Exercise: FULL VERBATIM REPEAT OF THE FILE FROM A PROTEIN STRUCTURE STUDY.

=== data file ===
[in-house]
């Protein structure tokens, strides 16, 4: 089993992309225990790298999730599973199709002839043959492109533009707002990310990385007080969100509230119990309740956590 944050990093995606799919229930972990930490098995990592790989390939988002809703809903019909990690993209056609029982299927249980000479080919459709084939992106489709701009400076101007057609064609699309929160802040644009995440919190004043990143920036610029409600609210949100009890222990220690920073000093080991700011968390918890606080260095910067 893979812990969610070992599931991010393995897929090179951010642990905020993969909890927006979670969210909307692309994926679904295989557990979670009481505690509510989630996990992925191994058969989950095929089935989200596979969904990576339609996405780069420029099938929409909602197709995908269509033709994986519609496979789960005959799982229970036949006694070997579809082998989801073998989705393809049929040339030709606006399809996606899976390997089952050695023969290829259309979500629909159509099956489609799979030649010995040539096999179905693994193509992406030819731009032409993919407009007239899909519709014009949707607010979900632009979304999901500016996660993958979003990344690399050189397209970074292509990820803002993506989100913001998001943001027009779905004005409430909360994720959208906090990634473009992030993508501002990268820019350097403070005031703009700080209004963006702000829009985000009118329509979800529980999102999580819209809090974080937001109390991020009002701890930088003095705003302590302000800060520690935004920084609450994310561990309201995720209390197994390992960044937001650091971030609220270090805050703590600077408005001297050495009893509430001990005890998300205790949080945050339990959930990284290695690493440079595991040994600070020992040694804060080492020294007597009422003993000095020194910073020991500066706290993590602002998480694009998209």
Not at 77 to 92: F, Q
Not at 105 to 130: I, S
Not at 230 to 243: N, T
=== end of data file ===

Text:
[in-house]
């Protein structure tokens, strides 16, 4: 089993992309225990790298999730599973199709002839043959492109533009707002990310990385007080969100509230119990309740956590 944050990093995606799919229930972990930490098995990592790989390939988002809703809903019909990690993209056609029982299927249980000479080919459709084939992106489709701009400076101007057609064609699309929160802040644009995440919190004043990143920036610029409600609210949100009890222990220690920073000093080991700011968390918890606080260095910067 893979812990969610070992599931991010393995897929090179951010642990905020993969909890927006979670969210909307692309994926679904295989557990979670009481505690509510989630996990992925191994058969989950095929089935989200596979969904990576339609996405780069420029099938929409909602197709995908269509033709994986519609496979789960005959799982229970036949006694070997579809082998989801073998989705393809049929040339030709606006399809996606899976390997089952050695023969290829259309979500629909159509099956489609799979030649010995040539096999179905693994193509992406030819731009032409993919407009007239899909519709014009949707607010979900632009979304999901500016996660993958979003990344690399050189397209970074292509990820803002993506989100913001998001943001027009779905004005409430909360994720959208906090990634473009992030993508501002990268820019350097403070005031703009700080209004963006702000829009985000009118329509979800529980999102999580819209809090974080937001109390991020009002701890930088003095705003302590302000800060520690935004920084609450994310561990309201995720209390197994390992960044937001650091971030609220270090805050703590600077408005001297050495009893509430001990005890998300205790949080945050339990959930990284290695690493440079595991040994600070020992040694804060080492020294007597009422003993000095020194910073020991500066706290993590602002998480694009998209």
Not at 77 to 92: F, Q
Not at 105 to 130: I, S
Not at 230 to 243: N, T